Learn to keep your bike running smooth

There comes a time when you need to replace your dirt bike chain and sprockets. Stock equipment often wears out quickly, so keep a close eye on that drive train. One way to tell if your chain and sprockets are burnt up is to pull the chain away from the rear sprocket. If it pulls away and shows a significant amount of sprocket tooth, it's time to replace both; you don’t want to install a new chain on worn sprockets. If the chain moves side to side excessively, replace both it and the sprockets, especially if you can push it all the way over into the side knobs of the rear tire. You can also use a chain stretch tool (or a ruler) to see exactly how much your chain has stretched. A 520 chain with a 5/8” or 15.875mm pitch should not measure more than 259mm when measuring center of pin to center of pin over 16 lengths on a non O-ring chain. The max distance on an O-ring chain is 256.5mm. If your equipment is worn out and hammered, change it out.

Start by removing the counter shaft sprocket nut before you remove the chain, especially if you don’t have an impact wrench. You can use the rear brake to keep the counter shaft sprocket from turning so you can remove the nut. If your sprocket is held on by a circlip, use circlip pliers to tackle the job. When reinstalling and tightening the nut on your new countershaft sprocket, use the chain on method so you can use the rear brake to keep the sprocket from turning. In case you don’t have your owner’s manual, manufacturer torque recommendations are as follows: Honda is 23 ft-lbs with Loctite, KTM is 44 ft-lbs with Loctite, Yamaha is 54 ft-lbs with Loctite, and Kawasaki is 450 93 ft-lbs without Loctite.

The master link can be removed using pliers as shown to push the clip off. 

Removing the master link can be done a few different ways. A common way is to use a pair of pliers and squeeze it off as shown. You can use a screwdriver to push it off, but that isn’t as consistent as the plier method. Sometimes the side plate needs some help from a screwdriver to pry off.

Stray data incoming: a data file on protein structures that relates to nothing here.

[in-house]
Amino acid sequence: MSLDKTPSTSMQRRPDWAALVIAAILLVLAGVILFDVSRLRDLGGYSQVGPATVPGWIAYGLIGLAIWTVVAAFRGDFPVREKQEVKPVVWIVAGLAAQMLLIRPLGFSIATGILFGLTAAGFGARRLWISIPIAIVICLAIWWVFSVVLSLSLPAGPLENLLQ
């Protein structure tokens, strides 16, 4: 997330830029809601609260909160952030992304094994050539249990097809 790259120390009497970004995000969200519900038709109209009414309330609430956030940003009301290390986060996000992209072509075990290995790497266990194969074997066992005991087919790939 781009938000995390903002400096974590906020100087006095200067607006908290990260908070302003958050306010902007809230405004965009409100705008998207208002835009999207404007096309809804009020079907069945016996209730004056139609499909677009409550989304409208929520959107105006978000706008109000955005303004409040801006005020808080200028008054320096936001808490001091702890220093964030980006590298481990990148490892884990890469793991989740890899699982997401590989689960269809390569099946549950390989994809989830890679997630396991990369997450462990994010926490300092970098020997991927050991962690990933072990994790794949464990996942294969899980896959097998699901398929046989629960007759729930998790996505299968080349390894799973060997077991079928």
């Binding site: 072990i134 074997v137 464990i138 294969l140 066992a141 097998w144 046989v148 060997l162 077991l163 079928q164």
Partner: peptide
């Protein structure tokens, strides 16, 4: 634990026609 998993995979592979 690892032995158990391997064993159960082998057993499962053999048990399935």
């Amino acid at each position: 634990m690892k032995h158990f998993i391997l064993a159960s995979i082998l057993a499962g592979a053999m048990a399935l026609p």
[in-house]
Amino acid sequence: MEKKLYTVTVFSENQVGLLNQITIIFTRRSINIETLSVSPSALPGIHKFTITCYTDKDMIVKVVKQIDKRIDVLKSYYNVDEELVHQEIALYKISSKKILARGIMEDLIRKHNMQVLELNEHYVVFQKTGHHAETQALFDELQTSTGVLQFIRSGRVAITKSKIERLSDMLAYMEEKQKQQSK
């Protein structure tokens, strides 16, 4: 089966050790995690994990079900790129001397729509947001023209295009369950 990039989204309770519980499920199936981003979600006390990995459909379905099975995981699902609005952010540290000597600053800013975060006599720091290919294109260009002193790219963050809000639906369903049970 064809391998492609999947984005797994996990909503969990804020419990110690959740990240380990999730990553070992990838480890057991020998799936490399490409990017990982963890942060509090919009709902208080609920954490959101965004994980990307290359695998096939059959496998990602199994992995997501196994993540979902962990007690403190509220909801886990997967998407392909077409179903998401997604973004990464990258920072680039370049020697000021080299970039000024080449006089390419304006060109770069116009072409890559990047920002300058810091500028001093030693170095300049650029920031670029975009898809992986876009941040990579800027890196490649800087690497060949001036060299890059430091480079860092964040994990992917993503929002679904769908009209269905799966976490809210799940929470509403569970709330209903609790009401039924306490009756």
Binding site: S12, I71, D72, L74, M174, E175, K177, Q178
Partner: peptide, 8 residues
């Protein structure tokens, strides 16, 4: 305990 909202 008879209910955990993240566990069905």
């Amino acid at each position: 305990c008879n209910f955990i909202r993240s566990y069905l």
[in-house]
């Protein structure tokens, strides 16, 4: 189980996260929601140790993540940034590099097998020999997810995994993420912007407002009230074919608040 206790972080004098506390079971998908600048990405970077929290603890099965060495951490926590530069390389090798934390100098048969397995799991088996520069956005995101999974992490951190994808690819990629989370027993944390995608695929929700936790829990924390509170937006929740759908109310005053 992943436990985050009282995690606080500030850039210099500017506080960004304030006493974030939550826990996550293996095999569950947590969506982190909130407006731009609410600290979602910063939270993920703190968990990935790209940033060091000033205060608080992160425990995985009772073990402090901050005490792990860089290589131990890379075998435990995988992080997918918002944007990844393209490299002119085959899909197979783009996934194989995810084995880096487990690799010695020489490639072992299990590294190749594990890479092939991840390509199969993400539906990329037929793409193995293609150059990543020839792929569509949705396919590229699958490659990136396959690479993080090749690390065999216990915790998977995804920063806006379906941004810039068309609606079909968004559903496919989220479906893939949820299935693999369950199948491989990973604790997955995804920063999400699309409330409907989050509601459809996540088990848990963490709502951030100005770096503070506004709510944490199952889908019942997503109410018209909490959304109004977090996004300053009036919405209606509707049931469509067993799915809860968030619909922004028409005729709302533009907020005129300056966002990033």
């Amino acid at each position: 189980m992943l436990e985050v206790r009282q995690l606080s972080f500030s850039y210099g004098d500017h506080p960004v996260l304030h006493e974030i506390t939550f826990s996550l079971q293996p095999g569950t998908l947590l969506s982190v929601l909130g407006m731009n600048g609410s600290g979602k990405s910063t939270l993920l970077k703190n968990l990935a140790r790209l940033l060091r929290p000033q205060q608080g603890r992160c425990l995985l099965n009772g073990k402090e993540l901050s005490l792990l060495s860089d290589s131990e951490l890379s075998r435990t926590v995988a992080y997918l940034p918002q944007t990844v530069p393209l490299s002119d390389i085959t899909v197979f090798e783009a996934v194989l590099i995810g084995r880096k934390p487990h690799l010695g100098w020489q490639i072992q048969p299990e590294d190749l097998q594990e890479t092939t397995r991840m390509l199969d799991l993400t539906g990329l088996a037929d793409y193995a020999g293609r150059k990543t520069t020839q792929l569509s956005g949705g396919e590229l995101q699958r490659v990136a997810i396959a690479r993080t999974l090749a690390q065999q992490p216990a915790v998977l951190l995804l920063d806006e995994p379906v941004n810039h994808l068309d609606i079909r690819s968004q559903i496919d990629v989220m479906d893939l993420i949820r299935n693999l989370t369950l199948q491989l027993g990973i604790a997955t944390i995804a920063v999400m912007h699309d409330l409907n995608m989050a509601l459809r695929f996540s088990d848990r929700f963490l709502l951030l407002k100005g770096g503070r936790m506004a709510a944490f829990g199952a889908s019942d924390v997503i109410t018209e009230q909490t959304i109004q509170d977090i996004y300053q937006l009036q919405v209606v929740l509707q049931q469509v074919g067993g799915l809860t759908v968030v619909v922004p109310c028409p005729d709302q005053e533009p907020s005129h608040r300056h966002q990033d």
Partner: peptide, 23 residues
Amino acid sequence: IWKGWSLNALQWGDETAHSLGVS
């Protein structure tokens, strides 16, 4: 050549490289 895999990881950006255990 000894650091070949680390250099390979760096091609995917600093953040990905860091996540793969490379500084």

This chain was severely worn out! Save the old chain, you are going to use it to measure your new one. Line up the new chain next to the old one. Make sure you start at one end and keep the pins lined up. If you just lay them next to each other, the stretched old chain with give you a false reading. You are matching the number of links. This will also clearly show you how stretched your old chain really was.

There is more than one way to skin a cat, but the easiest way to take links out of a chain is with a chain tool. We use Motion Pro’s PBR chain tool, which can handle rivet chains that do not have master links. The other way to remove extra links when replacing your chain is a grinder, grinding down the pin and side plate a little and using a hammer and punch to get the pin out. The use of a chain tool is much easier and safer. Instructions included with the chain tool are clear and easy to follow for pushing the pin out of the side plates.

Before installing the chain, turn in the chain adjusters; your new chain, even though it is the same number of links, will be shorter since it isn’t stretched out. Feed the chain around and get ready to install the master link.

The new side plate on the master link can be tight when reinstalling, especially on an O-ring chain, so use some pliers to help squeeze it into position. To install the master link clip, use pliers to squeeze it on. Install the clip with the opening facing away from the direction of rotation. If the opening of the master link is facing the direction of rotation it can catch and rip off. Not good for having fun on your dirt bike. Adjust your chain according to the manufacturer’s recommendations and of course tighten your axle nut!

The old stock sprocket was very worn when compared to the new Renthal in the background, freshly installed. 

We went with Renthal sprockets and chain. Renthal recommends blue Loctite on the sprocket bolt threads when reinstalling the nuts and bolts. Recommended sprocket bolt nut torque is about 25 ft-lbs. You can see just how worn out our old stock sprocket was when compared to the new one.